WordPress self-hosted

How to set up WordPress self-hosted on a small budget

It is 2024; we have many options for setting up a website/blog, but WordPress self-hosted is still suitable for those who want total control over the content.

This article will cover how I configured this very own website and the costs involved in it.

Cost summary

Total cost per month:$5.32
Total cost per year:$63.88

*You can lower costs by getting a good domain registration and hosting deal. I’m using standard values for simplicity.

Domain name

The first thing I did was to register a domain name; since I already have other domains registered at Namecheap, I will go with it, but you can pick any registration service you want.

They always have deals, and you can get a domain for less than $10/year, but I chose to use the standard value here to make it simple.

Web Hosting

Again, I’m picking DigitalOcean since I’m used to it, but you can pick any cloud server you like.

I’m paying $4/month for a 512MB RAM Droplet, which is enough for my starting needs.

I configured the WordPress application and the database inside the same Droplet (VM), so the cost will be the same.

Ubuntu 22.04 was the Linux distribution picked, then manually installed and configured PHP, MySQL, Nginx, WordPress, and Let’s Encrypt for HTTPS/SSL.

I have solid experience with DevOps work and cloud services management in general, but anyone comfortable with Linux and command-line tools can handle it.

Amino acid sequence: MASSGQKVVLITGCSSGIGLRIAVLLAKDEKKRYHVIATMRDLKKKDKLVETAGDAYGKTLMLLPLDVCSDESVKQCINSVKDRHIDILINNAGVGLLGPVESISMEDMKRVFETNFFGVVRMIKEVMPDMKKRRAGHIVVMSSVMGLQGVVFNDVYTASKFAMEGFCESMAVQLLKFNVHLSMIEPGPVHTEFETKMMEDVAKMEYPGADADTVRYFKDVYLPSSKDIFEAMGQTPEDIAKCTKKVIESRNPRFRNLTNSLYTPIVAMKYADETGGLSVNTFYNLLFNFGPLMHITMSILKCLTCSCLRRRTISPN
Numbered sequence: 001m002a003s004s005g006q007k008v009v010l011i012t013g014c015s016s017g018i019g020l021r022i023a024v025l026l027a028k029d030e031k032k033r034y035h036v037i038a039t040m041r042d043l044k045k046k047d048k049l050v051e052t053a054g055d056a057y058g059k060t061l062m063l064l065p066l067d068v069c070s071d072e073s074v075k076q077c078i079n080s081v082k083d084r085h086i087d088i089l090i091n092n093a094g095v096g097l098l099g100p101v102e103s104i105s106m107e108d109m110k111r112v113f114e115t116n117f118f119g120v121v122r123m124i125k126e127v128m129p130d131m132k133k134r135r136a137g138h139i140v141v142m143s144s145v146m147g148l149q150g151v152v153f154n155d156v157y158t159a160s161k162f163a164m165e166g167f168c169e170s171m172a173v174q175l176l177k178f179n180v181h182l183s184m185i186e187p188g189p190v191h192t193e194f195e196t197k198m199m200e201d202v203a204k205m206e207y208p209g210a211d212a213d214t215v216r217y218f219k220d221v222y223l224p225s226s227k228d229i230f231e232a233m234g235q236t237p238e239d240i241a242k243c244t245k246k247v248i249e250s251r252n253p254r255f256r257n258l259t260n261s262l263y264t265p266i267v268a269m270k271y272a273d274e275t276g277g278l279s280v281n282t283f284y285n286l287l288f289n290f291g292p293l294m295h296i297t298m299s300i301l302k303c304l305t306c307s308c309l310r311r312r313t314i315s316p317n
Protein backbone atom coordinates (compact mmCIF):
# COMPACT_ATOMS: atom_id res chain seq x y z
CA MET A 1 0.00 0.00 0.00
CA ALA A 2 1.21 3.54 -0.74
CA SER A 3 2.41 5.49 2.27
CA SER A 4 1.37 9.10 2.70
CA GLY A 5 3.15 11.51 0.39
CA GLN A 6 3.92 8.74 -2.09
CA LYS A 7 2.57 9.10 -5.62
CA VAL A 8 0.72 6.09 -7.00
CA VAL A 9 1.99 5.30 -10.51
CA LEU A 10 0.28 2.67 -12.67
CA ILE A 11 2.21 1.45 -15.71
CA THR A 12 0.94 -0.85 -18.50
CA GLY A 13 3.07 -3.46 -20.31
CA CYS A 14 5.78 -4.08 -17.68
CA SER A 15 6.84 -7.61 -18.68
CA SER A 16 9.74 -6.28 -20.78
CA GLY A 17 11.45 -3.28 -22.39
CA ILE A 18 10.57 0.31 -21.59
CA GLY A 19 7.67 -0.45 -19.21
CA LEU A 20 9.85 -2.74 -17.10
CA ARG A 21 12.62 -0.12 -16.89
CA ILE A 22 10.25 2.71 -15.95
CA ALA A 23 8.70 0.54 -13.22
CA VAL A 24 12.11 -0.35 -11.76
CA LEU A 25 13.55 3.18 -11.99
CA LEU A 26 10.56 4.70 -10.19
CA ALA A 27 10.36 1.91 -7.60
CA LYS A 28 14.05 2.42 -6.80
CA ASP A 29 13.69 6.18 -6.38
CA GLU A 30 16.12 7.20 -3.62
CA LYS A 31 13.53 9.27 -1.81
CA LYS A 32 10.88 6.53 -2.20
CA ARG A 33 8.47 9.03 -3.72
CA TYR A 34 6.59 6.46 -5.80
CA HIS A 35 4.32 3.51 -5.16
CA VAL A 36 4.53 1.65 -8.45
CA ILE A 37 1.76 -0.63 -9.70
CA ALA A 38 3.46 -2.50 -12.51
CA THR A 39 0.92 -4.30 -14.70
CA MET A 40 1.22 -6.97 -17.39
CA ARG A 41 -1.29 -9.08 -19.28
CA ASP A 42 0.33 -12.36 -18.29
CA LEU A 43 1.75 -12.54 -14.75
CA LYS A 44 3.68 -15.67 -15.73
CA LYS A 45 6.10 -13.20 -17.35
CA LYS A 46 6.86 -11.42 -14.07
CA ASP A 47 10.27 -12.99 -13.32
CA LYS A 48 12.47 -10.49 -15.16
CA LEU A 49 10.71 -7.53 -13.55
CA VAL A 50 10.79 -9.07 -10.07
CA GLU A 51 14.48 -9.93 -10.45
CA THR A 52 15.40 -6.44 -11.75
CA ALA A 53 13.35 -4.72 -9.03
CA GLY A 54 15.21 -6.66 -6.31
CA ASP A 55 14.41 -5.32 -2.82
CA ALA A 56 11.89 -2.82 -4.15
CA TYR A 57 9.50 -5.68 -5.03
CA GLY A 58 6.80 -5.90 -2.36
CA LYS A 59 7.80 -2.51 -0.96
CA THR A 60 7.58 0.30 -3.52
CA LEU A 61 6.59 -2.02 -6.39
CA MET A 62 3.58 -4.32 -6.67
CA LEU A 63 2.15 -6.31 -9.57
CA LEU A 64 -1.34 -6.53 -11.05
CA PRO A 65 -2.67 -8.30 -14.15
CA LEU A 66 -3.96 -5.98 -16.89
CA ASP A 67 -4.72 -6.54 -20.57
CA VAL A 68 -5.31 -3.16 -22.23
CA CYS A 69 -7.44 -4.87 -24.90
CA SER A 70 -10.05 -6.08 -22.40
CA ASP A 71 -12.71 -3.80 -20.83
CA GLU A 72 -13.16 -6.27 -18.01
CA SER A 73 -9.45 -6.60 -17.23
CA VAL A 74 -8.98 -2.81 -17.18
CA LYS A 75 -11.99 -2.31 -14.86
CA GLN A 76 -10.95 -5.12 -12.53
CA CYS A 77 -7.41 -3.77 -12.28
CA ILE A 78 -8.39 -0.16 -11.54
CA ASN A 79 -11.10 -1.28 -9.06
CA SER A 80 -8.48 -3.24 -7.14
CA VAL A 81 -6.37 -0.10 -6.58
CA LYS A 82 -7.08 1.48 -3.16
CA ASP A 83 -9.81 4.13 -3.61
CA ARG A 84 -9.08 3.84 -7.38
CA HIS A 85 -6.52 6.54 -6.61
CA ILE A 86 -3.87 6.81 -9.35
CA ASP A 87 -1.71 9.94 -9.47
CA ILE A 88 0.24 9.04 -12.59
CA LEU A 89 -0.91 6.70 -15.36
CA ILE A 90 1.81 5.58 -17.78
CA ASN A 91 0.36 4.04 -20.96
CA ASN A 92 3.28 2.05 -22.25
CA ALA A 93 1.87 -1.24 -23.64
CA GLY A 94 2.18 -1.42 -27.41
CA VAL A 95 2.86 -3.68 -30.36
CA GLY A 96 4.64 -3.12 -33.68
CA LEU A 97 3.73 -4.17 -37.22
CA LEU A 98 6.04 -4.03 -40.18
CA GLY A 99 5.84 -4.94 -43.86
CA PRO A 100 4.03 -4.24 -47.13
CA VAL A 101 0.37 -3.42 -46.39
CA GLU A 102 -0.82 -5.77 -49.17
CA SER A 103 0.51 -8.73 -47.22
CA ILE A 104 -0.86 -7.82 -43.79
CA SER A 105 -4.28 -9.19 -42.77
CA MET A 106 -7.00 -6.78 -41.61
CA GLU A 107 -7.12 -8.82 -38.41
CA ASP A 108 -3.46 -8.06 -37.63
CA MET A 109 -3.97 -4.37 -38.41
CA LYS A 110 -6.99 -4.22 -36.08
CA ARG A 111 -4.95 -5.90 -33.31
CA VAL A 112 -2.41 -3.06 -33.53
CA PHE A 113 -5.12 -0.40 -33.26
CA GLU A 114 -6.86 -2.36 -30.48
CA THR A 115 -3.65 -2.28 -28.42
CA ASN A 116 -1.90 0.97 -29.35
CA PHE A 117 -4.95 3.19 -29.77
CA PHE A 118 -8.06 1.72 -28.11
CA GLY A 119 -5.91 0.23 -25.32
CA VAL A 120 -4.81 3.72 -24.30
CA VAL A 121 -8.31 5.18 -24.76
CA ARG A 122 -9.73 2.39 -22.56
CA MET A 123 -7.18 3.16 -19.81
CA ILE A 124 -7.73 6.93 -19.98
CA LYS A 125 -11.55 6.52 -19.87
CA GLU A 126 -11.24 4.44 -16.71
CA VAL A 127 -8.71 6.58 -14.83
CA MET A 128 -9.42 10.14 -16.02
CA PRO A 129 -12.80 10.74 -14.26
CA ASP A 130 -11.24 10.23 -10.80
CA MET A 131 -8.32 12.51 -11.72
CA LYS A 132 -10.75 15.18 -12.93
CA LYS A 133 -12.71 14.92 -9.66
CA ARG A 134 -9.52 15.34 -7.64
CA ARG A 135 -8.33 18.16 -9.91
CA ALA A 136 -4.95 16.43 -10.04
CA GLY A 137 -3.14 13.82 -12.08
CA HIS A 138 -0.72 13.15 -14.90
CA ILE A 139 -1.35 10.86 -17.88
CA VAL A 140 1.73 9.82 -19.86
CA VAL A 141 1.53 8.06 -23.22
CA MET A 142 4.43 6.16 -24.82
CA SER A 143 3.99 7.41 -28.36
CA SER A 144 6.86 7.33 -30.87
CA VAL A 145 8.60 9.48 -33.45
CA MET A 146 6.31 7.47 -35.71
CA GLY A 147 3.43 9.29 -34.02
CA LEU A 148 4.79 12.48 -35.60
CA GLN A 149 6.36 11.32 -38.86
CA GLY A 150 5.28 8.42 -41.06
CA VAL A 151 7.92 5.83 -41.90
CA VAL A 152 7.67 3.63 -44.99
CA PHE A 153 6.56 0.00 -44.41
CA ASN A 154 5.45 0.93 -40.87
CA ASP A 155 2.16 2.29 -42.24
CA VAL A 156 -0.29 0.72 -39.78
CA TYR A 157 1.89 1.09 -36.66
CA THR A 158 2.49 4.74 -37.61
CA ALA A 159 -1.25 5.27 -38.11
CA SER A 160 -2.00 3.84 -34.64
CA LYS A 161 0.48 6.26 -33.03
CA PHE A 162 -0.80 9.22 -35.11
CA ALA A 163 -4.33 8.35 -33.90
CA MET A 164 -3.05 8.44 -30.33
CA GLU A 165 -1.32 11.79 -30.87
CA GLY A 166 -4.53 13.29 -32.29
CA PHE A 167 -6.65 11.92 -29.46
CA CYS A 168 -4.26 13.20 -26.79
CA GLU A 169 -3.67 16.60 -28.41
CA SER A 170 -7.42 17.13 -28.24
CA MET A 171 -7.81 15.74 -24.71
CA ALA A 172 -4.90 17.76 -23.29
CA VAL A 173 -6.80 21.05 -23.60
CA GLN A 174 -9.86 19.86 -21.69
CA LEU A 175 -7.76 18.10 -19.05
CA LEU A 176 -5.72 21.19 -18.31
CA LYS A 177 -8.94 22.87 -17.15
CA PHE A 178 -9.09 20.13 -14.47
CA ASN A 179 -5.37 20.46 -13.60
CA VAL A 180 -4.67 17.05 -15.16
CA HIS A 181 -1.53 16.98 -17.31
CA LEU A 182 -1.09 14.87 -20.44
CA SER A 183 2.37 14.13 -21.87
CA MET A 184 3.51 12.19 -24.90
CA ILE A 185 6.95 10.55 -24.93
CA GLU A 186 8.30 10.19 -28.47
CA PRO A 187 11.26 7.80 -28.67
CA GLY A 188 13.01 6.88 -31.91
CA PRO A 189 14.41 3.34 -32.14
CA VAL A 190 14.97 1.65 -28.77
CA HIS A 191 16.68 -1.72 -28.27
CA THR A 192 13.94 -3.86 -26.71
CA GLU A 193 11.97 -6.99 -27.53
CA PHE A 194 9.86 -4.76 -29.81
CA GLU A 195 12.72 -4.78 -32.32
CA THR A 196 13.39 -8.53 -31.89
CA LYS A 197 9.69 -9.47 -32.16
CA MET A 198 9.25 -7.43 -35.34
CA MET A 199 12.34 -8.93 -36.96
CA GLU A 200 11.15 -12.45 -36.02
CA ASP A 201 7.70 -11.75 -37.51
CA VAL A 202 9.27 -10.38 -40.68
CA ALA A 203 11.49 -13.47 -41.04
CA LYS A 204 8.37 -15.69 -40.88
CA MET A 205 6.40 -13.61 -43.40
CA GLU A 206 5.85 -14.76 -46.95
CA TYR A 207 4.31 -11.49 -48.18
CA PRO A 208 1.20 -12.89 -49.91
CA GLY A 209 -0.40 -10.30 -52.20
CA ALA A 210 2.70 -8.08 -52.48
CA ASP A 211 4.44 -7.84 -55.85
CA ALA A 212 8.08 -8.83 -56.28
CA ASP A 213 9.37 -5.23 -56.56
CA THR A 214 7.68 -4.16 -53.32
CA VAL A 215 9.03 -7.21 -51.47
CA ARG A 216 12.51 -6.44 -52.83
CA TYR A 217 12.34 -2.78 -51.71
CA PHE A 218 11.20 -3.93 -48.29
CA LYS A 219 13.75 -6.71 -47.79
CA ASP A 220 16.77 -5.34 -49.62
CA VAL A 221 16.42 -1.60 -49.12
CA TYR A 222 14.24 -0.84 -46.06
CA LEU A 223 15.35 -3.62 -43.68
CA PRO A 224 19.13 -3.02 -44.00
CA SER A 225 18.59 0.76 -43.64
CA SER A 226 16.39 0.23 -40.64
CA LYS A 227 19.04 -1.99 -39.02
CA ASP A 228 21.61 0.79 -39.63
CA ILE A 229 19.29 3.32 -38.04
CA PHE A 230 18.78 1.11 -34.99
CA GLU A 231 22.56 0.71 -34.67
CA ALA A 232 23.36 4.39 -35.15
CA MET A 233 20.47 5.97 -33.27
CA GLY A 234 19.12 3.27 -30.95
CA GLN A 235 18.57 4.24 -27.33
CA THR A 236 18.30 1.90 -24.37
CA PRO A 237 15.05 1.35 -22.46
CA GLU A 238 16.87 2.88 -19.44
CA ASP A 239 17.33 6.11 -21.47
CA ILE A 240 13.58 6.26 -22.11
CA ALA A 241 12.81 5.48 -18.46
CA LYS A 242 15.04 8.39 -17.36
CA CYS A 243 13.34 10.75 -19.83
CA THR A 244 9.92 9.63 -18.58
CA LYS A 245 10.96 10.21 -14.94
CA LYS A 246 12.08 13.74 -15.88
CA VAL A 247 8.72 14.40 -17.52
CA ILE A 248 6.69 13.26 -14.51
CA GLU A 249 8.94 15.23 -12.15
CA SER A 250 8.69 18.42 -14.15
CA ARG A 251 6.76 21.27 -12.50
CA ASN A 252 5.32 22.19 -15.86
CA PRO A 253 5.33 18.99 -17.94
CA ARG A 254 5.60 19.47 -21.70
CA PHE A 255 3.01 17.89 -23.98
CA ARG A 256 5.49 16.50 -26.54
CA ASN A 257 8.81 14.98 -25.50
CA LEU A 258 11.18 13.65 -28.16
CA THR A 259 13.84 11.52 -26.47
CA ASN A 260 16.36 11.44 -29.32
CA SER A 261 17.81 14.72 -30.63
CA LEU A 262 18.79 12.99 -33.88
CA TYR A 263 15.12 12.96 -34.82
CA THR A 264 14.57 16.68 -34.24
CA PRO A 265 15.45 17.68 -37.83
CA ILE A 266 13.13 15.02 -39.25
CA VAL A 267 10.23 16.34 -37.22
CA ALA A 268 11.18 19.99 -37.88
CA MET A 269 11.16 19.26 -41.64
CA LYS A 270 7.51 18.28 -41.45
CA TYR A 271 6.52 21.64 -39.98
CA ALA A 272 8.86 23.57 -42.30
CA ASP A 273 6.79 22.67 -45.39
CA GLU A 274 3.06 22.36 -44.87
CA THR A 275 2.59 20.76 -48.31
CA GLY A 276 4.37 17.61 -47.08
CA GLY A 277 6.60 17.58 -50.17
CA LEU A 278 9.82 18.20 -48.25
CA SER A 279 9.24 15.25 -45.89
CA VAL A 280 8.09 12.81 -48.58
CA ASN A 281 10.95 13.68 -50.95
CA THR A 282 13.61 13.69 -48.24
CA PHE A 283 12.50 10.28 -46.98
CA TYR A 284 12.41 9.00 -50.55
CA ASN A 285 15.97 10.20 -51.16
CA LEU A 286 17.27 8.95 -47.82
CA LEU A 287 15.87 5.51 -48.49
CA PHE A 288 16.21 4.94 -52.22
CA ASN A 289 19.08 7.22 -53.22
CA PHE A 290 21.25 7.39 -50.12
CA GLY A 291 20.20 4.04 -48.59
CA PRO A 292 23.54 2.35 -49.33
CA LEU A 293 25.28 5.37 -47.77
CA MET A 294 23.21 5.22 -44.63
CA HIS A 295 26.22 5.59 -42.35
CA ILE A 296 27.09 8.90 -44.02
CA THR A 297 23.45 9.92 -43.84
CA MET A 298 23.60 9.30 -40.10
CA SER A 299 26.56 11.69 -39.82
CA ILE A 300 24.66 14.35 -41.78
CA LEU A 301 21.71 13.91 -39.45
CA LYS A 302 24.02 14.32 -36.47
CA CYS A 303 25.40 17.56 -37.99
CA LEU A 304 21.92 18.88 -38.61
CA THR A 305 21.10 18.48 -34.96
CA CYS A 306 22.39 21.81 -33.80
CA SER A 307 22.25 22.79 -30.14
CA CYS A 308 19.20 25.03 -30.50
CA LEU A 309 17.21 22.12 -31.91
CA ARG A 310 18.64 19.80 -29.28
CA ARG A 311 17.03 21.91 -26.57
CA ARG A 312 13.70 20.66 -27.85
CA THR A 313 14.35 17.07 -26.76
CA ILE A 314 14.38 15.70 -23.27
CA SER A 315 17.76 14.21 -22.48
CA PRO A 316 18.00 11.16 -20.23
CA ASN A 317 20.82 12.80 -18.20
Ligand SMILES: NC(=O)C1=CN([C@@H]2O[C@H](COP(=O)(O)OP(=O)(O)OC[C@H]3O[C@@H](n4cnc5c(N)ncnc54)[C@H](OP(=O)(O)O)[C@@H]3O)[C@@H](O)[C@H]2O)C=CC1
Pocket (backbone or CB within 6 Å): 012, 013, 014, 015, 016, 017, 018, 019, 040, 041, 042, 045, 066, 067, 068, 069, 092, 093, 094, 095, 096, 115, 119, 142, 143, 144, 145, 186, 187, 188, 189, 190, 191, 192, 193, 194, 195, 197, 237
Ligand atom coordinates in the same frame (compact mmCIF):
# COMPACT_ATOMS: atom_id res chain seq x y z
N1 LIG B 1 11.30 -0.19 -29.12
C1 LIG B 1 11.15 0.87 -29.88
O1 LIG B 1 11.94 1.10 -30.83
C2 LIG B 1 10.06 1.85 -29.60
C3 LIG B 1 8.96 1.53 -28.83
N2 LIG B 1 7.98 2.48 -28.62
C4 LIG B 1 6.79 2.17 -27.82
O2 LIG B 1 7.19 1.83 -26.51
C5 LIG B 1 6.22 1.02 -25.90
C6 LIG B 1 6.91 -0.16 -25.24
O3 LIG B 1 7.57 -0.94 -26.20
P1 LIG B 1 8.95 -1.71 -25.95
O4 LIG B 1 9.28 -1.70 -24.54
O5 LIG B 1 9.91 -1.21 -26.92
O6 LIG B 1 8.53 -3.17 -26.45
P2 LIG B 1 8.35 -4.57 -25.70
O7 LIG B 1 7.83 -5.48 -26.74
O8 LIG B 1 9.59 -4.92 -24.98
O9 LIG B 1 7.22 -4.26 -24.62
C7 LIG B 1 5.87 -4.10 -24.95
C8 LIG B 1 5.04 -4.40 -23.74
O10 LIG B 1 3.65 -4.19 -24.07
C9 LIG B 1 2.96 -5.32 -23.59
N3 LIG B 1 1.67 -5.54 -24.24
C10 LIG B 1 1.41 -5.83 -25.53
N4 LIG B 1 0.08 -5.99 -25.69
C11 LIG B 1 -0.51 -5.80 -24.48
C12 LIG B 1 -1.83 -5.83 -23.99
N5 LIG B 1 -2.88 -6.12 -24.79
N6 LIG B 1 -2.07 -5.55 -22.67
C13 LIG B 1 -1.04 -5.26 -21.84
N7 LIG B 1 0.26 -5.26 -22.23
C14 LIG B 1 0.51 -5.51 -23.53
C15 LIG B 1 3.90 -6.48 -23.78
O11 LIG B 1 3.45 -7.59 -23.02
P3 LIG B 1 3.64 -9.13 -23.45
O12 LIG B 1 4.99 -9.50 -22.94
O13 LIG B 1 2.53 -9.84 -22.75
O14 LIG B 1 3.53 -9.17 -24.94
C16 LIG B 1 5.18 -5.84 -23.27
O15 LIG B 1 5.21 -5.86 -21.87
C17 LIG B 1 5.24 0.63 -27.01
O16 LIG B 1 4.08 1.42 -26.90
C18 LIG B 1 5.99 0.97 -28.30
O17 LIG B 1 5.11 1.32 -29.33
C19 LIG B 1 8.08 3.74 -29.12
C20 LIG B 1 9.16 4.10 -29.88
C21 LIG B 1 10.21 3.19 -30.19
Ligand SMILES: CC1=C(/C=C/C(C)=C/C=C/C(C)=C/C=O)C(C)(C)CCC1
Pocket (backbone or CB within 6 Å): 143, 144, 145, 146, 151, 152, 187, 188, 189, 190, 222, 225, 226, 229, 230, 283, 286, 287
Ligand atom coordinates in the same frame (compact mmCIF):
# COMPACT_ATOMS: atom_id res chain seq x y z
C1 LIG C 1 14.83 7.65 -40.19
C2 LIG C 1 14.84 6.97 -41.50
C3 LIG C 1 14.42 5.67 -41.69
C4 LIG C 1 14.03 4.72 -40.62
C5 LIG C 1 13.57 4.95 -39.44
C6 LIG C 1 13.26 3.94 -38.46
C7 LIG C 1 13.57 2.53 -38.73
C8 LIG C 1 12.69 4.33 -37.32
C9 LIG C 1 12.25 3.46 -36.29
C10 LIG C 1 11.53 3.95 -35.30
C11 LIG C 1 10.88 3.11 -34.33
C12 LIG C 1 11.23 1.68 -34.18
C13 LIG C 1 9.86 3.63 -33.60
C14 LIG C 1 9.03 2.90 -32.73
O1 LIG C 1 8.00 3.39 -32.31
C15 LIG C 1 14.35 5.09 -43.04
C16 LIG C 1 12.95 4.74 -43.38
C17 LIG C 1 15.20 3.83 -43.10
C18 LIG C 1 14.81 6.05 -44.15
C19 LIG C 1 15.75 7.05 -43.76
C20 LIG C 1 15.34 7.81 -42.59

External comment system

The comment system inside WordPress is not bad, but it requires more processing power and more data storage; the goal was to keep it on a budget, so I decided to use an external system.

On top of that, an external system can take care of spam, so delegating it is a wise choice if you don’t want to be moderating spam.

Disqus was my choice for no reason other than being the only one I know who does this service, and it can be free. There are paid plans, but the free plan is enough for a simple personal website.

It usually works smoothly via plugin; in my case, I’m using the most recent theme from WordPress, the Twenty Twenty-Four theme, and this is not working out of the box with the Disqus plugin, so I had to make it work manually via Universal code option and disable the plugin. For other themes, it may work without a problem.

Media hosting and delivering

In a WordPress self-hosted site, the media files may consume lots of storage space, and depending on your hosting service, it can also weigh in the data transfer limits.

With that in mind, I decided to host all the media in AWS S3 buckets and serve the media files via CDN with AWS CloudFront.

Uploading the files to S3 will help me keep the website server light; no images, documents, videos, or any media files uploaded to this WordPress instance will live in the same server, going directly to an S3 bucket in the AWS servers.

Regarding delivering the media files, I configured a CDN layer with CloudFront to show these in the people’s browsers instead of loading from S3 directly.